Barbault, R. & Mou, Y. P. (1998) “Population dynamics of the common wall lizard, Podarcis muralis, insouthwestern France”, Herpetologica, 44, pp. 38-47.
Bjørkvoll, E.; Grøtan, V.; Aanes, S.; Sæther, B. E.; Engen, S. & Aanes, R. (2012) “Stochastic population dynamics and life-history variation in marine fish species”, The American Naturalist, 180, pp. 372-387 [accessed on 25 November 2019].
Boyce, M. S. (1984) “Restitution of r- and K–selection as a model of density-dependent natural selection”, Annual Review of Ecology and Systematics, 15, pp. 427-447 [accessed on 15 February 2014].
Clarke, M. & Ng, Y.-K. (2006) “Population dynamics and animal welfare: Issues raised by the culling of kangaroos in Puckapunyal”, Social Choice and Welfare, 27, pp. 407-422.
Cody, M. (1966) “A general theory of clutch size”, Evolution, 20, pp. 174-184 [accessed on 13 March 2014].
Coulson, T.; Tuljapurkar, S. & Childs, D. Z. (2010) “Using evolutionary demography to link life history theory, quantitative genetics and population ecology”, Journal of Animal Ecology, 79, pp. 1226-1240 [accessed on 14 October 2019].
Dawkins, R. (1995) “God’s utility function”, Scientific American, 273, pp. 80-85.
Dempster, J. (2012) Animal population ecology, Amsterdam: Elsevier.
Horta, O. (2010) “Debunking the idyllic view of natural processes: Population dynamics and suffering in the wild”, Télos, 17, pp. 73-88 [accessed on 13 January 2013].
Horta, O. (2015) “The problem of evil in nature: Evolutionary bases of the prevalence of disvalue”, Relations: Beyond Anthropocentrism, 3, pp. 17-32 [accessed on 6 November 2015].
Jenouvrier, S.; Péron, C. & Weimerskirch, H. (2015) “Extreme climate events and individual heterogeneity shape life‐history traits and population dynamics”, Ecological Monographs, 85, pp. 605-624.
Murray, B. G., Jr. (2013) Population dynamics: Alternative models, Amsterdam: Elsevier.
Ng, Y.-K. (1995) “Towards welfare biology: Evolutionary economics of animal consciousness and suffering”, Biology and Philosophy, 10, pp. 255-285.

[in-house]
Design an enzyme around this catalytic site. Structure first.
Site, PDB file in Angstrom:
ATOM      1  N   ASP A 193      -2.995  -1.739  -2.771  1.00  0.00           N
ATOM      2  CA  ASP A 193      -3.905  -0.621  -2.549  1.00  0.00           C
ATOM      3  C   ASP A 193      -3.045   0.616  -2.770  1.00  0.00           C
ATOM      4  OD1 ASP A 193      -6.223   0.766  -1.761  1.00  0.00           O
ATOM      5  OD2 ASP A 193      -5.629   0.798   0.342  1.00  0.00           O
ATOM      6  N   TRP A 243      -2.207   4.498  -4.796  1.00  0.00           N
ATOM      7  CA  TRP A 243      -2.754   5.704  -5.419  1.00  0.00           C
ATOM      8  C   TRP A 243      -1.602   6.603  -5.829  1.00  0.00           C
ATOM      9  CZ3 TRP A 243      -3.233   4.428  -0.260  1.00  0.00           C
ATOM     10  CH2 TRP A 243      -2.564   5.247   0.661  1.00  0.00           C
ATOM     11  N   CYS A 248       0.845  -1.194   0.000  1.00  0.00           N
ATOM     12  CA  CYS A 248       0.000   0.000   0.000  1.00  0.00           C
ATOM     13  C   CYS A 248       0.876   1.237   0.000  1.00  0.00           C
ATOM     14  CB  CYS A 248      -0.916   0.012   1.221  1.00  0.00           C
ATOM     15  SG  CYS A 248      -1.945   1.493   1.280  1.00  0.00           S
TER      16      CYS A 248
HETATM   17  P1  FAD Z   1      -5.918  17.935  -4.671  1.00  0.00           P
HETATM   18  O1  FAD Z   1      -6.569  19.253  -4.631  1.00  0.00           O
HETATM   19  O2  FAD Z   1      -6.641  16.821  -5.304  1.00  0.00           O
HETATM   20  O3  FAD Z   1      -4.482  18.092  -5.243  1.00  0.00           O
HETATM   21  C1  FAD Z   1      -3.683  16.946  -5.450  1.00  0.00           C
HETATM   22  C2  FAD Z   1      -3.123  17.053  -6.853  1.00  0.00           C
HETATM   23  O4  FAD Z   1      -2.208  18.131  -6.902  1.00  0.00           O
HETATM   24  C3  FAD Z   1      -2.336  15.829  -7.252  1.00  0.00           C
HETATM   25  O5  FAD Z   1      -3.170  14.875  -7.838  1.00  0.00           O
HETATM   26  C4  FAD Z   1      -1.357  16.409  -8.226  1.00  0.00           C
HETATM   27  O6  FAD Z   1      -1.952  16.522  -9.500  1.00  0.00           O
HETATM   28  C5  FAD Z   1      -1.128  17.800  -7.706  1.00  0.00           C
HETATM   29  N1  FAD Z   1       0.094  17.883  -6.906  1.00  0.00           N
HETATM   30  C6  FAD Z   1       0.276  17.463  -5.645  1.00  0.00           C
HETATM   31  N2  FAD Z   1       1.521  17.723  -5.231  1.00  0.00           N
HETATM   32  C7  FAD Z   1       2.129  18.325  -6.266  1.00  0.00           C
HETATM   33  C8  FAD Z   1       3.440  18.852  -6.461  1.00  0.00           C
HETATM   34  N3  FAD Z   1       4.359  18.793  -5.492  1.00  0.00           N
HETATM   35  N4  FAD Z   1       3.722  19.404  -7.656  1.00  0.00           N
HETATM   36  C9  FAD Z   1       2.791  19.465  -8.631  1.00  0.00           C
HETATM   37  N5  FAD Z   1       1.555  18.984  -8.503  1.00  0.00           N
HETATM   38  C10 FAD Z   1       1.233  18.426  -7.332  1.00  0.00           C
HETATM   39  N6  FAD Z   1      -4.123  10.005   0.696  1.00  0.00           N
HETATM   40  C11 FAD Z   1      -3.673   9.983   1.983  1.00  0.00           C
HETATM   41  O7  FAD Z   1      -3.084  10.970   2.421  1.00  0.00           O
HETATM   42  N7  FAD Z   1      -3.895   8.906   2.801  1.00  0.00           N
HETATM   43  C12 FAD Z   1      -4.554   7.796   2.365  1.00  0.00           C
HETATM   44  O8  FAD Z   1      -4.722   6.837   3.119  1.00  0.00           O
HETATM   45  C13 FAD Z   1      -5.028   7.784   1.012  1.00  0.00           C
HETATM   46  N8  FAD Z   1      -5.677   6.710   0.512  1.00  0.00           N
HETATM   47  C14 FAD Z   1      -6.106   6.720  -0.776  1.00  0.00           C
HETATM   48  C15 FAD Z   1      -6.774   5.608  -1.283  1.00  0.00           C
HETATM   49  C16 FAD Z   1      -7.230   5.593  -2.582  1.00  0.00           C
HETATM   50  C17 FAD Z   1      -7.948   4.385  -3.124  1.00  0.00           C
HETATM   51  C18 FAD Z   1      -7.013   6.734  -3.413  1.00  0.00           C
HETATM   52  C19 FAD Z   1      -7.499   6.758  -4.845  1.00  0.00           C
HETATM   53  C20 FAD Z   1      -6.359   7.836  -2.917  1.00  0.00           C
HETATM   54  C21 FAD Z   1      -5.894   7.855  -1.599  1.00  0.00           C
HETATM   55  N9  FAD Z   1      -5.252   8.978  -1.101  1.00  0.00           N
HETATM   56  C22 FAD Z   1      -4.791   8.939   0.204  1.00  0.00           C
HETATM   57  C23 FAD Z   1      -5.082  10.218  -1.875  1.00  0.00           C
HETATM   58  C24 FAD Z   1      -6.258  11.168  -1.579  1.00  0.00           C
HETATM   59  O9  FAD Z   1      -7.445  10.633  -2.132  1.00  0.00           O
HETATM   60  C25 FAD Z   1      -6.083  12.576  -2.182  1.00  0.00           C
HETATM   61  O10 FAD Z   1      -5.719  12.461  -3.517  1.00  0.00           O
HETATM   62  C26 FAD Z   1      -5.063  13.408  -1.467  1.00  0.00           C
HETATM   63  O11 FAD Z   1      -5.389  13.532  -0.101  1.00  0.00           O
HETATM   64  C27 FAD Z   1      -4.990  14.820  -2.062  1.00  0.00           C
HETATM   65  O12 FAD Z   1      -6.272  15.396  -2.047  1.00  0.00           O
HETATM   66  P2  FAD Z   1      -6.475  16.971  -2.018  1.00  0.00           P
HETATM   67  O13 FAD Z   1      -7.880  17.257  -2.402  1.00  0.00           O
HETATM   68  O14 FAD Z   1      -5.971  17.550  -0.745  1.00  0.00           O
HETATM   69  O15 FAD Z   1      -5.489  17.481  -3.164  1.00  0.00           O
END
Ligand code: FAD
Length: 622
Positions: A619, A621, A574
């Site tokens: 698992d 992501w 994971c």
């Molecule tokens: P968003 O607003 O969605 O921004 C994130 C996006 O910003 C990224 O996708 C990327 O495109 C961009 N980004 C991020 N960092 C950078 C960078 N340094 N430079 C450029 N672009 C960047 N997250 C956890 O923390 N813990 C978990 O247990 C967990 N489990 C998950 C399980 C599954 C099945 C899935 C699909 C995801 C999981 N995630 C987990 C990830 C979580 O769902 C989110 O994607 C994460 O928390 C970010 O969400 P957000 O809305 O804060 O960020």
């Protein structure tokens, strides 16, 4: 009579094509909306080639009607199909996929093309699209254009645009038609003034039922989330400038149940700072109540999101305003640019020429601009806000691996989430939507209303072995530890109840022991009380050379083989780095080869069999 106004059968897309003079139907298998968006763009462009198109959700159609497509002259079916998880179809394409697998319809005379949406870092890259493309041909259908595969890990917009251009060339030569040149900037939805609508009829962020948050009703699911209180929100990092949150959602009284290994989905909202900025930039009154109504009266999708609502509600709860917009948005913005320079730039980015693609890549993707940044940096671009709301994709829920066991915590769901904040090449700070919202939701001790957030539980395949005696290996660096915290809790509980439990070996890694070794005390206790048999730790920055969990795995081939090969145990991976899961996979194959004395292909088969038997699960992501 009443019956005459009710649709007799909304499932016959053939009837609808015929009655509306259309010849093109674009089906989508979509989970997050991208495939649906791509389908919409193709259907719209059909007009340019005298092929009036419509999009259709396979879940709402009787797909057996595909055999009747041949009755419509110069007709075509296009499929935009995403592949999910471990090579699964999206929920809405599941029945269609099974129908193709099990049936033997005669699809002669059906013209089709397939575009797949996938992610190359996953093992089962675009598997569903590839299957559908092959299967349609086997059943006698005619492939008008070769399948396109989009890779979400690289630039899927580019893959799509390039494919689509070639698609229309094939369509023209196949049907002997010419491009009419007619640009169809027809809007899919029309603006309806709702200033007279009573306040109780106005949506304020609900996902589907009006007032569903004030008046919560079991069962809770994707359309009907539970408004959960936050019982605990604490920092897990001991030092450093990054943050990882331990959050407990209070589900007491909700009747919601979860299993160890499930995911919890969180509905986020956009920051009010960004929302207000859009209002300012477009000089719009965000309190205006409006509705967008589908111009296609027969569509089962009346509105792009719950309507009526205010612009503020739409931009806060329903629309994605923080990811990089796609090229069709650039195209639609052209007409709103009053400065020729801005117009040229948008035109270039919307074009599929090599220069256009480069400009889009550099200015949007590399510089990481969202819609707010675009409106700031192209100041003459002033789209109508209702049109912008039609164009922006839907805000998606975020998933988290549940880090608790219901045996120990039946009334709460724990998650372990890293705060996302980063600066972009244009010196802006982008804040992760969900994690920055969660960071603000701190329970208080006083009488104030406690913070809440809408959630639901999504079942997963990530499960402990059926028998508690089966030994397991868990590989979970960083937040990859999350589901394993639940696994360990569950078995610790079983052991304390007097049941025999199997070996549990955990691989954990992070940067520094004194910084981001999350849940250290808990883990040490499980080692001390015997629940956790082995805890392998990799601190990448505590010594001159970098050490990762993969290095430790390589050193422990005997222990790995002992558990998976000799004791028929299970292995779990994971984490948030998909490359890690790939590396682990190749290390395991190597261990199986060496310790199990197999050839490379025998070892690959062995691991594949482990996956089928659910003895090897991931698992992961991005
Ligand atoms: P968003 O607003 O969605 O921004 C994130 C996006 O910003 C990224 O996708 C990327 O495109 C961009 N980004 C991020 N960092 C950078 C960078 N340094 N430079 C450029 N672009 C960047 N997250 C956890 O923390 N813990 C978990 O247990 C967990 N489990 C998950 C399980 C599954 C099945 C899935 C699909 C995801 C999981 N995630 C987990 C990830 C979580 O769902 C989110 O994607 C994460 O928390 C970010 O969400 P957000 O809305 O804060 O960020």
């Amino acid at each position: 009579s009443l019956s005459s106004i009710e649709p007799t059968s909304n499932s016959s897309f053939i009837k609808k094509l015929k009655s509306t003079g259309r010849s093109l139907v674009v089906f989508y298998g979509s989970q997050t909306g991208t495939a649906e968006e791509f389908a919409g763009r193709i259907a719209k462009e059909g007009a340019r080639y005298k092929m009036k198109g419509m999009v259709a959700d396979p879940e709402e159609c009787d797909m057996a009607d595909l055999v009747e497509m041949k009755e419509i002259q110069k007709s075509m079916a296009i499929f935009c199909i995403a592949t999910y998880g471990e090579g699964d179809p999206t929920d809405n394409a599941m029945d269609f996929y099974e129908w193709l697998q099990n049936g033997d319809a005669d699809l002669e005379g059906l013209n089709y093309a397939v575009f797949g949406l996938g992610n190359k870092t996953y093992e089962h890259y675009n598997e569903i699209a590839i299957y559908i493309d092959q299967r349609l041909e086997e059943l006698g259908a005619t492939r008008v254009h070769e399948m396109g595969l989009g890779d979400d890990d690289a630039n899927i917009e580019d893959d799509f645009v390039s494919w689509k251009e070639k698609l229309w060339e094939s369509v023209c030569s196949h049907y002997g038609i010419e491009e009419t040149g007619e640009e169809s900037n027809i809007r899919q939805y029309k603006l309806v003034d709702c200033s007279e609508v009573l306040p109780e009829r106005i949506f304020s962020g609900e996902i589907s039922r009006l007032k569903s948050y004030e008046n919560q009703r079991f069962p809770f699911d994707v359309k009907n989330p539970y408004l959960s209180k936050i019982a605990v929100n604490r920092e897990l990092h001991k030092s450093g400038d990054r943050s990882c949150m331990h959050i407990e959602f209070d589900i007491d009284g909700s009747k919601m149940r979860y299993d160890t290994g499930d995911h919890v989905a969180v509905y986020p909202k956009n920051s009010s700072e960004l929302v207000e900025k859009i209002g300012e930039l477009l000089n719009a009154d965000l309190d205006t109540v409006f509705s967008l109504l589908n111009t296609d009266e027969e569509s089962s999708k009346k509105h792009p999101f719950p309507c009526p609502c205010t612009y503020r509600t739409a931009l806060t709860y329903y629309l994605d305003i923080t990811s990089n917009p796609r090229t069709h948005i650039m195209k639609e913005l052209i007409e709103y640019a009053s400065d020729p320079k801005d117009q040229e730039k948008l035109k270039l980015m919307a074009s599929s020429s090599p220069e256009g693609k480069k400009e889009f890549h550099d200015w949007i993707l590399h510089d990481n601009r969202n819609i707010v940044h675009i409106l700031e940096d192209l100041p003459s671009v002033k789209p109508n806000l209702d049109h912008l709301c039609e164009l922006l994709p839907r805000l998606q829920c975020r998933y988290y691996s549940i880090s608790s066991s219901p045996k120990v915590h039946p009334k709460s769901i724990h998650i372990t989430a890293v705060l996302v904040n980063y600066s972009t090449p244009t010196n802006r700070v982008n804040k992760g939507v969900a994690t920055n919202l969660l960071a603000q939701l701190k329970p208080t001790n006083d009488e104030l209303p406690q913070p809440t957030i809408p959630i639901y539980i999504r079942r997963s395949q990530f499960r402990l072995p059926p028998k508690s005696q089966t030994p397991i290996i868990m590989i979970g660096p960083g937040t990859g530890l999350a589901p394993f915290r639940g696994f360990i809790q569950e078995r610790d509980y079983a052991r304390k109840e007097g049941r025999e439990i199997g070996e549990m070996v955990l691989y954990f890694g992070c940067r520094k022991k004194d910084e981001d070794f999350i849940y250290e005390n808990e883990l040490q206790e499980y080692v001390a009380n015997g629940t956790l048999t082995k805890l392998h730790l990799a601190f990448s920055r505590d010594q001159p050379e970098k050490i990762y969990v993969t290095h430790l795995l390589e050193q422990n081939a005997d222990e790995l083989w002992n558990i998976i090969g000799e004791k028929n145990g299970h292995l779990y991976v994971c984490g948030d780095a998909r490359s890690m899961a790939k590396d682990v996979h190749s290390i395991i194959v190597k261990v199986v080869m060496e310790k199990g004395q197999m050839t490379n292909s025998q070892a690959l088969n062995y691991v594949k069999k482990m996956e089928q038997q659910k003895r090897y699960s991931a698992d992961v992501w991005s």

Parry, G. D. (1981) “The meanings of r- and K- selection”, Oecologia, 48, pp. 260-264 [accessed on 15 February 2013].
Phillips, B. L.; Brown, G. P. & Shine, R. (2010) “Life‐history evolution in range‐shifting populations”, Ecology, 91, pp. 1617-1627.
Pianka, E. R. (1970) “On r- and K-selection”, The American Naturalist, 104, pp. 592-597 [accessed on 20 February 2013].
Pianka, E. R. (1972) “r and K selection or b and d selection?”, The American Naturalist, 106, pp. 581-588 [accessed on 11 December 2013].
Reznick, D.; Bryant, M. J. & Bashey, F. (2002) “r-and K-selection revisited: The role of population regulation in life-history evolution”, Ecology, 83, pp. 1509-1520.
Rockwood, L. L. (2015 ) Introduction to population ecology, 2nd ed., Hoboken: Wiley-Blackwell.
Roff, D. A. (1992) Evolution of life histories: Theory and analysis, Dordrecht: Springer.
Rolston, H., III (1992) “Disvalues in nature”, The Monist, 75, pp. 250-278.
Royama, T. (2012) Analytical population dynamics, Dordrecht: Springer.
Sæther, B. E.; Coulson, T.; Grøtan, V.; Engen, S.; Altwegg, R.; Armitage, K. B.; Barbraud, C.; Becker, P. H.; Blumstein, D. T.; Dobson, F. S. & Festa-Bianchet, M. (2013) “How life history influences population dynamics in fluctuating environments”, The American Naturalist, 182, pp. 743-759 [accessed on 11 July 2019].
Sagoff, M. (1984) “Animal liberation and environmental ethics: Bad marriage, quick divorce”, Osgoode Hall Law Journal, 22, pp. 297-307 [accessed on 12 January 2016].